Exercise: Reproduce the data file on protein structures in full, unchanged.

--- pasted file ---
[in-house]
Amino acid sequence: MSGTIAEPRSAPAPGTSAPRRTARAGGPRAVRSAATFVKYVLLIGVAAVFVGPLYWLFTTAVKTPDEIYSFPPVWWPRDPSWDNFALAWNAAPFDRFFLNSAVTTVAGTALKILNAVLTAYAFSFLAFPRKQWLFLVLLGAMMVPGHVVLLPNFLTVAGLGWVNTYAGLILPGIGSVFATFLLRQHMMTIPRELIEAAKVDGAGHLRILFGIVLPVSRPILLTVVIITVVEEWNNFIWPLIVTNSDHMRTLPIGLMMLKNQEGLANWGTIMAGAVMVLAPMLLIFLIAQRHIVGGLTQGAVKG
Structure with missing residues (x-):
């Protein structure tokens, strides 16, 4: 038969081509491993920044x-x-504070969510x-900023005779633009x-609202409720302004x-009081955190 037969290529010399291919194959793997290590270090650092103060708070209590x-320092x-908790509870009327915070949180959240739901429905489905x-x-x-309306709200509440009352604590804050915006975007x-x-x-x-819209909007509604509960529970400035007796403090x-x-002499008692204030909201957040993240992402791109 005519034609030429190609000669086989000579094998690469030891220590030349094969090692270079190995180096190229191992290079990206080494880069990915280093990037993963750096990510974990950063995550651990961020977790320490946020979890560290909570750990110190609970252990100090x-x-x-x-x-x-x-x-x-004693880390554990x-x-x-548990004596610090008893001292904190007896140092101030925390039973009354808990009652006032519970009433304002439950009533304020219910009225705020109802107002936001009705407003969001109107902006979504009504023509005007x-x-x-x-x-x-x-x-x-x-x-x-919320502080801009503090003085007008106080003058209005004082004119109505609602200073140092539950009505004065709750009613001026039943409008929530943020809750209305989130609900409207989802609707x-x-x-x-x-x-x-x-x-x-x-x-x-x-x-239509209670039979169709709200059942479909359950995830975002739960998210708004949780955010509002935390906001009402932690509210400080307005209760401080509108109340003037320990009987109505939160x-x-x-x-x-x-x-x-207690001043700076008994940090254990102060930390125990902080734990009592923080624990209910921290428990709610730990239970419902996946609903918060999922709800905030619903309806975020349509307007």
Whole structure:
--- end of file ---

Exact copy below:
[in-house]
Amino acid sequence: MSGTIAEPRSAPAPGTSAPRRTARAGGPRAVRSAATFVKYVLLIGVAAVFVGPLYWLFTTAVKTPDEIYSFPPVWWPRDPSWDNFALAWNAAPFDRFFLNSAVTTVAGTALKILNAVLTAYAFSFLAFPRKQWLFLVLLGAMMVPGHVVLLPNFLTVAGLGWVNTYAGLILPGIGSVFATFLLRQHMMTIPRELIEAAKVDGAGHLRILFGIVLPVSRPILLTVVIITVVEEWNNFIWPLIVTNSDHMRTLPIGLMMLKNQEGLANWGTIMAGAVMVLAPMLLIFLIAQRHIVGGLTQGAVKG
Structure with missing residues (x-):
């Protein structure tokens, strides 16, 4: 038969081509491993920044x-x-504070969510x-900023005779633009x-609202409720302004x-009081955190 037969290529010399291919194959793997290590270090650092103060708070209590x-320092x-908790509870009327915070949180959240739901429905489905x-x-x-309306709200509440009352604590804050915006975007x-x-x-x-819209909007509604509960529970400035007796403090x-x-002499008692204030909201957040993240992402791109 005519034609030429190609000669086989000579094998690469030891220590030349094969090692270079190995180096190229191992290079990206080494880069990915280093990037993963750096990510974990950063995550651990961020977790320490946020979890560290909570750990110190609970252990100090x-x-x-x-x-x-x-x-x-004693880390554990x-x-x-548990004596610090008893001292904190007896140092101030925390039973009354808990009652006032519970009433304002439950009533304020219910009225705020109802107002936001009705407003969001109107902006979504009504023509005007x-x-x-x-x-x-x-x-x-x-x-x-919320502080801009503090003085007008106080003058209005004082004119109505609602200073140092539950009505004065709750009613001026039943409008929530943020809750209305989130609900409207989802609707x-x-x-x-x-x-x-x-x-x-x-x-x-x-x-239509209670039979169709709200059942479909359950995830975002739960998210708004949780955010509002935390906001009402932690509210400080307005209760401080509108109340003037320990009987109505939160x-x-x-x-x-x-x-x-207690001043700076008994940090254990102060930390125990902080734990009592923080624990209910921290428990709610730990239970419902996946609903918060999922709800905030619903309806975020349509307007």
Whole structure: